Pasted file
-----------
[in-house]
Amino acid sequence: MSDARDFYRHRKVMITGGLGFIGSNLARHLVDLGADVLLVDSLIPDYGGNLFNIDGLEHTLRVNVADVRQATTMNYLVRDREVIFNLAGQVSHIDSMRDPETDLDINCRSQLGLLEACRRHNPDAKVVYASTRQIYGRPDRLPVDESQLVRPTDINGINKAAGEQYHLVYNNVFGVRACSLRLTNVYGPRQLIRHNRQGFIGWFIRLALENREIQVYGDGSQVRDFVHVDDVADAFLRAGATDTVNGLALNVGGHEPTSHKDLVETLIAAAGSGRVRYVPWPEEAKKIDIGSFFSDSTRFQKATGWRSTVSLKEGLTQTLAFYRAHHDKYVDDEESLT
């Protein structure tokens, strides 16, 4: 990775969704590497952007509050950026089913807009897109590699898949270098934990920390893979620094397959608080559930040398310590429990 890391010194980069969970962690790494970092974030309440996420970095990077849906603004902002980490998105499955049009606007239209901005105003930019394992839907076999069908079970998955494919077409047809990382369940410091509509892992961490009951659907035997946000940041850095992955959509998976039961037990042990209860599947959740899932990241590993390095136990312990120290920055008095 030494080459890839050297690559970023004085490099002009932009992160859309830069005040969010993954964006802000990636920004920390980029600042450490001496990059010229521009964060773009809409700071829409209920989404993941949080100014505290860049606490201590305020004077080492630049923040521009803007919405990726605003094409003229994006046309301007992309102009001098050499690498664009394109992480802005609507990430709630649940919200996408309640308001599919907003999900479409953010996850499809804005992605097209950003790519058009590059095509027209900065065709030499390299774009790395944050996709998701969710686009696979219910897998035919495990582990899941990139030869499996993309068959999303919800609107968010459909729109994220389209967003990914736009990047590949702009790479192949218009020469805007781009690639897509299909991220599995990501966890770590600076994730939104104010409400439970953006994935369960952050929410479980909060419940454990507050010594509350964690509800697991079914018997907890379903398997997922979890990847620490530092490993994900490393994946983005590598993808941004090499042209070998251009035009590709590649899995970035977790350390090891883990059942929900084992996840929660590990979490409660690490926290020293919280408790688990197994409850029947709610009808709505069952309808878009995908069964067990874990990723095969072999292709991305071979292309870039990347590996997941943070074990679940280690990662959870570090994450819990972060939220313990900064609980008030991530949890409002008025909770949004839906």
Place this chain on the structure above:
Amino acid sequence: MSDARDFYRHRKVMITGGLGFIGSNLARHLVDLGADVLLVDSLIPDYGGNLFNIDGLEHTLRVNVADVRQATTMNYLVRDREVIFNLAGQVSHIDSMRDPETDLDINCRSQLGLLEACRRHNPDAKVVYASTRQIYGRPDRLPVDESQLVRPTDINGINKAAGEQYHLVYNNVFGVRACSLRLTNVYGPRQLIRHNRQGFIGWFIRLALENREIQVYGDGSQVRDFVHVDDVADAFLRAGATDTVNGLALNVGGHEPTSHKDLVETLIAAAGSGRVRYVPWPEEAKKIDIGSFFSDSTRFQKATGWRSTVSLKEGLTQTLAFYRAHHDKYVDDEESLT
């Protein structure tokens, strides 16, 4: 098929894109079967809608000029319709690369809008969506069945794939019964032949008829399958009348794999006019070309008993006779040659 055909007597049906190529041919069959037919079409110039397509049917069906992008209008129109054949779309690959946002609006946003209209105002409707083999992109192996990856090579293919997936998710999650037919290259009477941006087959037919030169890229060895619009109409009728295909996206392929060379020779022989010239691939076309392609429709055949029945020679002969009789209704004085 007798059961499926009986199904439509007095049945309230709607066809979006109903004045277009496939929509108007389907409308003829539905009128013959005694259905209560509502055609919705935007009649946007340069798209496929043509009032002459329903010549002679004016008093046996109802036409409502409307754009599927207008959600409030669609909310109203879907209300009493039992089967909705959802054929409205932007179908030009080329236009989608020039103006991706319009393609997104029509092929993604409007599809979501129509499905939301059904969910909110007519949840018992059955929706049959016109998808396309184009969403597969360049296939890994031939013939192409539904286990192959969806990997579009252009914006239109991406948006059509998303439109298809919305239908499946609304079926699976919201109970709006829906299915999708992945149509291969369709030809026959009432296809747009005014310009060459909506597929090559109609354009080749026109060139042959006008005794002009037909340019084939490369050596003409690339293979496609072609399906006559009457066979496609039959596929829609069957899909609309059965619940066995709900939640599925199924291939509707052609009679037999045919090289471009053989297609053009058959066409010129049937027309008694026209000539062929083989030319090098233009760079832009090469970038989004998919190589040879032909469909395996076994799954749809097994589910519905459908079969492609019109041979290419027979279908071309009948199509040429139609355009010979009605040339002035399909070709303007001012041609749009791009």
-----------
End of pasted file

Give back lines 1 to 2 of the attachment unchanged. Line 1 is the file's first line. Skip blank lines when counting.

[in-house]
Amino acid sequence: MSDARDFYRHRKVMITGGLGFIGSNLARHLVDLGADVLLVDSLIPDYGGNLFNIDGLEHTLRVNVADVRQATTMNYLVRDREVIFNLAGQVSHIDSMRDPETDLDINCRSQLGLLEACRRHNPDAKVVYASTRQIYGRPDRLPVDESQLVRPTDINGINKAAGEQYHLVYNNVFGVRACSLRLTNVYGPRQLIRHNRQGFIGWFIRLALENREIQVYGDGSQVRDFVHVDDVADAFLRAGATDTVNGLALNVGGHEPTSHKDLVETLIAAAGSGRVRYVPWPEEAKKIDIGSFFSDSTRFQKATGWRSTVSLKEGLTQTLAFYRAHHDKYVDDEESLT